Scholar-athlete John Bishop tackles a Thouron.
By Noel Hynd
ANYONE HERE WANT to read a good, upbeat story involving the Penn football program?
John Bishop, one of the co-captains of this past year’s team, is such a modest, unassuming, and just plain likable young man that this column will probably embarrass him. But since he made the mistake of speaking with me, he’s fair game.
John graduated in December. While here, he was a leader on the field and in the classroom. His quiet, tenacious commitment to excellence in both activities has been well-recognized. No previous honors, however, match the ones John picked up just as he was leaving.
First, he bagged the NCAA Postgraduate Scholarship for study at a university or professional school of his choice. Then in February, Bishop was awarded one of Penn’s prestigious Thouron Fellowships. The award covers two years of tuition for whatever university in England at which the recipient chooses to enroll. John’s current plans are to start at Oxford in the fall.
After attending the University of Notre Dame for his freshman year, John, a native of Berryville, Arkansas, became interested in playing football in the East. Despite the fact that he had the highest GPA on the Notre Dame squad, and had achieved a boyhood dream by going there, he wasn’t getting playing time. The idea of playing Ivy League football appealed to him. So he came East, and his impressive options soon came down to Harvard, Yale, and Penn. “The chance to go to Wharton and the quality of the coaching staff at Penn made the difference,” Bishop explained recently.
A free safety who wore number 22, Bishop was Penn’s leading tackler for the last two years. This past season, he led the Quakers again with 111. His top statistical game was a monster performance against Lehigh, in which he collected 21 tackles (20 unassisted). Emotionally, his best game was against Princeton, when he blocked a potentially game-winning field goal by the Tigers and recovered the ball to set up Penn’s winning drive.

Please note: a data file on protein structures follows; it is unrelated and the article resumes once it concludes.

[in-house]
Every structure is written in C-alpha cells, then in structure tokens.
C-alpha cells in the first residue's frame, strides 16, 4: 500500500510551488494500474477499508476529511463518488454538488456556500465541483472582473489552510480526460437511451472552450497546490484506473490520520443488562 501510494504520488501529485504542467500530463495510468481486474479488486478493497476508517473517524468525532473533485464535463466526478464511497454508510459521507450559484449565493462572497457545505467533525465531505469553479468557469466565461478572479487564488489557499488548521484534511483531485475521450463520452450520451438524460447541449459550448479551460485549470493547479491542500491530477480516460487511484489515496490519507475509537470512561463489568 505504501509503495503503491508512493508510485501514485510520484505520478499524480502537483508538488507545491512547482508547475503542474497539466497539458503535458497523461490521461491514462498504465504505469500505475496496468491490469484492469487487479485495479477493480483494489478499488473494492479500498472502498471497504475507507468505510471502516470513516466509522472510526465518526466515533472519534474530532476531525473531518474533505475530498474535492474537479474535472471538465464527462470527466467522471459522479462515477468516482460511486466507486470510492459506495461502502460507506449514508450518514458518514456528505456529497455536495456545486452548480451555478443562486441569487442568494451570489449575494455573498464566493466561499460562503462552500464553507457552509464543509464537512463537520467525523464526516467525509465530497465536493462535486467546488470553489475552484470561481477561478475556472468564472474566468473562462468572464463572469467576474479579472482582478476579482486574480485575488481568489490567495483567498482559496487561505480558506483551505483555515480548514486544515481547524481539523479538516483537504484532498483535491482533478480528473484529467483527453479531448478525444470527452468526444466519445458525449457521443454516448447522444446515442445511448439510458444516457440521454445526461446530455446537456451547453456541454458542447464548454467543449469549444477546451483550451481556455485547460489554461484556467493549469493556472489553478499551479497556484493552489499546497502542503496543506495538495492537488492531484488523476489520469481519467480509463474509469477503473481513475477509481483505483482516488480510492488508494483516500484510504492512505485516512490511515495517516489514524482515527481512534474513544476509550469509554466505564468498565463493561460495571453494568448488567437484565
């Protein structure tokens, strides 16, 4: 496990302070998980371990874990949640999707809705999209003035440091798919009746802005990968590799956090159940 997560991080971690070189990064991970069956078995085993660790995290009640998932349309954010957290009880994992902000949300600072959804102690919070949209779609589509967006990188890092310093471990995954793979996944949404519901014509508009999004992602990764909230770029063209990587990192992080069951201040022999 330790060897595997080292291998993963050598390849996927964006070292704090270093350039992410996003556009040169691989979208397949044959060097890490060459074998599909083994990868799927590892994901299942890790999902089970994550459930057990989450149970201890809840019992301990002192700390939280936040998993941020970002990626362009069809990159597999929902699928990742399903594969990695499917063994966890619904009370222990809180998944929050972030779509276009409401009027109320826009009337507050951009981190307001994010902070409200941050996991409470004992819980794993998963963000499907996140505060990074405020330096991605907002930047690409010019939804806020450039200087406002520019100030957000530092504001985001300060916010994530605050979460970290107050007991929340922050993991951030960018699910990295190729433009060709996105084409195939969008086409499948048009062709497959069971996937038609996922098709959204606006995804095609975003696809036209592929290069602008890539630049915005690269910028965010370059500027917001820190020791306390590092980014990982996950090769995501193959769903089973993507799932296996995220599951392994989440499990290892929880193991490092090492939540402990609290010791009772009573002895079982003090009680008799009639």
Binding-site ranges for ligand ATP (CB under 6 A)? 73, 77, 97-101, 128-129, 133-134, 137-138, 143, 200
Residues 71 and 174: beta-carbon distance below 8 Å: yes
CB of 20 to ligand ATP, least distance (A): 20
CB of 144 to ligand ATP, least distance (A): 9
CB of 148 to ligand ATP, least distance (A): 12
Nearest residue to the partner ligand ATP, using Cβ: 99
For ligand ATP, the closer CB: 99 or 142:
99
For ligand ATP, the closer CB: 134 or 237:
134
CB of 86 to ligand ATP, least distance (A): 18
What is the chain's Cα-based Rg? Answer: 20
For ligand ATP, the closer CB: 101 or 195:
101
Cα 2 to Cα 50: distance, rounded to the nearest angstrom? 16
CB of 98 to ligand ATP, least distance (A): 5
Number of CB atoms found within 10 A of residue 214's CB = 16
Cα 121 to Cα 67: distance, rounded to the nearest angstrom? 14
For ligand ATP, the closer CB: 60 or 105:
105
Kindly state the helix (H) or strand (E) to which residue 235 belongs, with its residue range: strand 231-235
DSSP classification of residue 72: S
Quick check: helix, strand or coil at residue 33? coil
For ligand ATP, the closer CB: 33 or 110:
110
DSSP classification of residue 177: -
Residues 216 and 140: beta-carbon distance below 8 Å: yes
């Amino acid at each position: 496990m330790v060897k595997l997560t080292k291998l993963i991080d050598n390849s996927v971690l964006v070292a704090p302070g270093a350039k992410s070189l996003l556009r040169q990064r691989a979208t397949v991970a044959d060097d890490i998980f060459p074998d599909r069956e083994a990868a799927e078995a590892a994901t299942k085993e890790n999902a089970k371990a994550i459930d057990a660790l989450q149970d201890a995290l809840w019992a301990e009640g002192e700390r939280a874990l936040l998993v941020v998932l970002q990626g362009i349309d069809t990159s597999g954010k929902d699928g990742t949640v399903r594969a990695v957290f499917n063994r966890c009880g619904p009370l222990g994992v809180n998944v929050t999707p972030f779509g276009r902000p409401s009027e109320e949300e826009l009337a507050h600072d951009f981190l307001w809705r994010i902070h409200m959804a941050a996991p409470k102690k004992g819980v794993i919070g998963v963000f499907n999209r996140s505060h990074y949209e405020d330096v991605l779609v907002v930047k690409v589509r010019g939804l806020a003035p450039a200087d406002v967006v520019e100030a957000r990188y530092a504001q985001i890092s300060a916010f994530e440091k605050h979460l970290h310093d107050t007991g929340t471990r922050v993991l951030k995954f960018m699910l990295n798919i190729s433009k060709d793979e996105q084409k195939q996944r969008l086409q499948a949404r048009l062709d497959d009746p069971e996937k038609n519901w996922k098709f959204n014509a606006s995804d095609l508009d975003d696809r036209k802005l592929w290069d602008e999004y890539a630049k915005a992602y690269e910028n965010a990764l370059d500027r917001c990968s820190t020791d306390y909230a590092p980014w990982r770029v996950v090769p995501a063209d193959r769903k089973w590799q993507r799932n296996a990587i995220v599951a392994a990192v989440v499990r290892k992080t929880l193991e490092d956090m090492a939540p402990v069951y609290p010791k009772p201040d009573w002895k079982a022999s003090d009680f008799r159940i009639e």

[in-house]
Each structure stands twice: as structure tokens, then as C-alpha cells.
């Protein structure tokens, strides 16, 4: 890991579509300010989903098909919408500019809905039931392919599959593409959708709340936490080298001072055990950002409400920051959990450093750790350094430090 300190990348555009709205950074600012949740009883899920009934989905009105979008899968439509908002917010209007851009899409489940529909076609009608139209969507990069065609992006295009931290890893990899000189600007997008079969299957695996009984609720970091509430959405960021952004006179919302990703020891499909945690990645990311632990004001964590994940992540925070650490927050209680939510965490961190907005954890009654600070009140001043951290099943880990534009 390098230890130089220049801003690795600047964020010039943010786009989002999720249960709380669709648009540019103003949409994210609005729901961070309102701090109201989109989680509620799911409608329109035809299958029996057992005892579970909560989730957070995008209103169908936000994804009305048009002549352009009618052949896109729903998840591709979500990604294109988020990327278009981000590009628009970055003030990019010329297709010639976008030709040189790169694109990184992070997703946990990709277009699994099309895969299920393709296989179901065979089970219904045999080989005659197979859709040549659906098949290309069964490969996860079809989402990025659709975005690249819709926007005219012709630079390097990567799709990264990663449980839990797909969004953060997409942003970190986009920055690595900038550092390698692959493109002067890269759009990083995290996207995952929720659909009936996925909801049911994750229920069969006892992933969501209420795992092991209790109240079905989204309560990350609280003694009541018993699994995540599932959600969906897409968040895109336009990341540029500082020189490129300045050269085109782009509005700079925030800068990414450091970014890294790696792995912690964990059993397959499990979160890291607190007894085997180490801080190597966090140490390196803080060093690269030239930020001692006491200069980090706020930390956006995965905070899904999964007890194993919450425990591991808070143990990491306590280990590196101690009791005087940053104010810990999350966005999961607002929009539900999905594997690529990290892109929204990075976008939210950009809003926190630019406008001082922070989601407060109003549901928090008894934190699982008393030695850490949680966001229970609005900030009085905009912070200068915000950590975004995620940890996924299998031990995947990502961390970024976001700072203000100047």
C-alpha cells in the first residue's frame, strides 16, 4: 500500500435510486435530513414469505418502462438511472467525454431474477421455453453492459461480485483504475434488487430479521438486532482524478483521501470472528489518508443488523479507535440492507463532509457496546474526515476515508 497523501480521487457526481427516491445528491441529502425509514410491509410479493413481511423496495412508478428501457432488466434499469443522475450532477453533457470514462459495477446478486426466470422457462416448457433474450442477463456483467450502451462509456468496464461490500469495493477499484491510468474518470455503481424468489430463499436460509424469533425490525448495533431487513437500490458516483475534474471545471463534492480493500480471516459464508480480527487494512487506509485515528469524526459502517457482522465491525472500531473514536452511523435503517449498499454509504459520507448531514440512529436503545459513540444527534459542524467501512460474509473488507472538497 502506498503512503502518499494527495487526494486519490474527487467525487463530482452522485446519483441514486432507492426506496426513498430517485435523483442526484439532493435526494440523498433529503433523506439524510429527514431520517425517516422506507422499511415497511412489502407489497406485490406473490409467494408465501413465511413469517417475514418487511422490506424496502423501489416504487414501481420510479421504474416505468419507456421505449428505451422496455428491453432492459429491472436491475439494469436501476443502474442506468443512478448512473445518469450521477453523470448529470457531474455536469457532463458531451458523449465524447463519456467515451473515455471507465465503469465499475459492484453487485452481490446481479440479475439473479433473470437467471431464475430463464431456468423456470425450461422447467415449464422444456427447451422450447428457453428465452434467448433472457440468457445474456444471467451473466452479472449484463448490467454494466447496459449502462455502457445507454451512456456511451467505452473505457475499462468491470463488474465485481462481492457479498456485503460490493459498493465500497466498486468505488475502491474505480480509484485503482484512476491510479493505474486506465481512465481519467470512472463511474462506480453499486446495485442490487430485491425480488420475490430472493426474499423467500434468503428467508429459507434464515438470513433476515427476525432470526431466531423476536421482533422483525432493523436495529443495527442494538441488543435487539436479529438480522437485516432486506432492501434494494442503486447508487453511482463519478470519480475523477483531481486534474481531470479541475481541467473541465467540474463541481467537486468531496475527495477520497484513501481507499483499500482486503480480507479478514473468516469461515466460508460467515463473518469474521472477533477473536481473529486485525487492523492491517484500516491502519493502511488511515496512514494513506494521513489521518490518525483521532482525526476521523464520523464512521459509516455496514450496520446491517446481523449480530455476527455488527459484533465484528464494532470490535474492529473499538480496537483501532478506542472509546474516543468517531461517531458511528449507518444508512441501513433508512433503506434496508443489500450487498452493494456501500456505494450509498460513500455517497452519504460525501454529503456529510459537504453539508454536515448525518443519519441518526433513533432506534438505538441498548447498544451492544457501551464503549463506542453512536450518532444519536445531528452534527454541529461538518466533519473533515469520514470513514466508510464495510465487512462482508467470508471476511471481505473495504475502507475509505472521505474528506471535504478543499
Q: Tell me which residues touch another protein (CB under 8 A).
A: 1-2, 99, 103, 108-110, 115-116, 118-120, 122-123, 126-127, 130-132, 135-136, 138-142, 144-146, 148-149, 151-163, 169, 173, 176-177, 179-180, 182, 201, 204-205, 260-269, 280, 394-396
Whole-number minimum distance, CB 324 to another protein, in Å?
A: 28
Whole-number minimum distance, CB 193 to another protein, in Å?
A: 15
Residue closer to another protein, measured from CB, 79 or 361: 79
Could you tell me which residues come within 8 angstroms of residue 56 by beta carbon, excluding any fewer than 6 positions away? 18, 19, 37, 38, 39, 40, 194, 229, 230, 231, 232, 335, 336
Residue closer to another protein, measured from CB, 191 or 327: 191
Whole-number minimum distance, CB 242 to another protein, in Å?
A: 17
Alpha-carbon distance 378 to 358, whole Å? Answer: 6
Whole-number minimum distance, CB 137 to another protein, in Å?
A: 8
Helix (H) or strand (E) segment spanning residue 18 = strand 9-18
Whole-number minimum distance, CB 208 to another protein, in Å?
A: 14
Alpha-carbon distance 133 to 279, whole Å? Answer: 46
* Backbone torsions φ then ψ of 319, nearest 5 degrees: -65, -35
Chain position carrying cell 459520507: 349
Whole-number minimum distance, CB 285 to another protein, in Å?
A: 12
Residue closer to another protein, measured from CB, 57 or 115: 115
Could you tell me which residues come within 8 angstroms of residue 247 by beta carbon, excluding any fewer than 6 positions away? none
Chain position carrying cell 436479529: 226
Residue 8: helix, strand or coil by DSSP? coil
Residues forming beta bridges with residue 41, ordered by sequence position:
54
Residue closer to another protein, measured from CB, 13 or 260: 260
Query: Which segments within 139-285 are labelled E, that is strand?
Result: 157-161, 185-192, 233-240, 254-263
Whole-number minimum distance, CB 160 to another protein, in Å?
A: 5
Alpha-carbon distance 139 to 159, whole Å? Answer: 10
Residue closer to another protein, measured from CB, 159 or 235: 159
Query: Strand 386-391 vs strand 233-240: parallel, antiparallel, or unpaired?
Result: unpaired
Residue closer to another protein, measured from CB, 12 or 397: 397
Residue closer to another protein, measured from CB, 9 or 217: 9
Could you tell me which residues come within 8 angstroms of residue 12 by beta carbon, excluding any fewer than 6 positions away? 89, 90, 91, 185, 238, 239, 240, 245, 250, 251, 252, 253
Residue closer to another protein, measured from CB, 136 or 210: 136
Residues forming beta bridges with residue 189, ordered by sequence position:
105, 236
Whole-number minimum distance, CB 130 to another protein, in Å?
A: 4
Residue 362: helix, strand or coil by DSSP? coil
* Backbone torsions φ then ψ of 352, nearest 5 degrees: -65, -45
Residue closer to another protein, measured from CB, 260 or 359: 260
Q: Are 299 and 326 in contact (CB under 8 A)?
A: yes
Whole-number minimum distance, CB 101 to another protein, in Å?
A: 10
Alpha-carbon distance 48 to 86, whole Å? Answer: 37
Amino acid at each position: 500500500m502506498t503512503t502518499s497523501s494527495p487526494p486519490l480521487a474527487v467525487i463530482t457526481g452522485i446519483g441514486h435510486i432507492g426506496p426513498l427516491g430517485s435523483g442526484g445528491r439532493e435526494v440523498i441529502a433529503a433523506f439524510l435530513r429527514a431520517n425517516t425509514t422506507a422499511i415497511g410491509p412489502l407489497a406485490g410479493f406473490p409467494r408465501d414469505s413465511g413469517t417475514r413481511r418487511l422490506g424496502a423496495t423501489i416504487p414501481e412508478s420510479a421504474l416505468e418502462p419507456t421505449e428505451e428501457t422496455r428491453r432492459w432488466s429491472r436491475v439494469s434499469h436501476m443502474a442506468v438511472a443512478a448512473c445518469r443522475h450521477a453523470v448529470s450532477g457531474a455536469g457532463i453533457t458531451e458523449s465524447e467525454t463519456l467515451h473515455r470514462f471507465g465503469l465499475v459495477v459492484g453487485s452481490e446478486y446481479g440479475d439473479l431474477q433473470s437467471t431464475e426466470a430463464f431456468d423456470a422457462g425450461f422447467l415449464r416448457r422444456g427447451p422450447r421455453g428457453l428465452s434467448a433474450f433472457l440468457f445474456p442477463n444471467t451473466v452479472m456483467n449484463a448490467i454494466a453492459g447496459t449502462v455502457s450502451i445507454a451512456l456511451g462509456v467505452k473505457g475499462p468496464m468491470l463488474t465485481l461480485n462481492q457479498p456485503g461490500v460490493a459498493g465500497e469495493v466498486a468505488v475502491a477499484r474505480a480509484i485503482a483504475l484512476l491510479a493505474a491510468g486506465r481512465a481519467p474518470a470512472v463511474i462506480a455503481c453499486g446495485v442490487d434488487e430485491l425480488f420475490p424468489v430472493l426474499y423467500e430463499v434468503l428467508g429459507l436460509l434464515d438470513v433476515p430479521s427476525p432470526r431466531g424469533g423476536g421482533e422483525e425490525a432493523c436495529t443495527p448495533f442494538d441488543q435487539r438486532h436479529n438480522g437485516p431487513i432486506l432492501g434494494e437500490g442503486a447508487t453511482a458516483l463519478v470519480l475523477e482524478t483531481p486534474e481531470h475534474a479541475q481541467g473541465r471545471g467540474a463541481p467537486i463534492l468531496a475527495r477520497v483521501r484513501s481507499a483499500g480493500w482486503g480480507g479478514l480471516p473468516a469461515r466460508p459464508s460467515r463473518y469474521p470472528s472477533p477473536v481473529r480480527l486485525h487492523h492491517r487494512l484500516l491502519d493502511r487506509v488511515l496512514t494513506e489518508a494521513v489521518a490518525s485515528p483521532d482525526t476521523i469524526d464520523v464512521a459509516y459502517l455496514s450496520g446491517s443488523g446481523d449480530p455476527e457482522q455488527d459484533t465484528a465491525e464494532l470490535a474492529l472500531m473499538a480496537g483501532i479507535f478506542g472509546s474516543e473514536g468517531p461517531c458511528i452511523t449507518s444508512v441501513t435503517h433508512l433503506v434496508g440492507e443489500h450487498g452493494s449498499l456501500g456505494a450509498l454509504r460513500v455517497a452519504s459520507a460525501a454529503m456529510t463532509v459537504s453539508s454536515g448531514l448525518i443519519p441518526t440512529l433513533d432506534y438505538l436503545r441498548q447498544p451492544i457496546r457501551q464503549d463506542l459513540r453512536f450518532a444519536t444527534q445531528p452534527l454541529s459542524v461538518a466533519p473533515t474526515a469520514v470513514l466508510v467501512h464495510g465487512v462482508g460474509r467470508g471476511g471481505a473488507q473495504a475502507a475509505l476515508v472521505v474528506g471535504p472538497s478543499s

Bishop credits athletics with helping him achieve academic success at Penn. “Being involved in athletics has really helped me manage my time and keep a certain discipline. In athletics, I set goals and worked toward them. It carried over into academics. Athletics gave me a lot of the confidence that I didn’t have when I first started college.”
Eventually, Bishop hopes to have a career in finance. That will have to wait until after this new opportunity has been seized. John plans to study philosophy, politics, and eco- nomics in England. “I’ve never been abroad, and I’m really excited about the program of study [at Oxford],” he says.
Opposing Ivy quarterbacks are probably really excited about having John out of the country next year. The rest of us will miss his presence and work ethic here.
Noel Hynd, C’70, writes regularly on sports for the Gazette.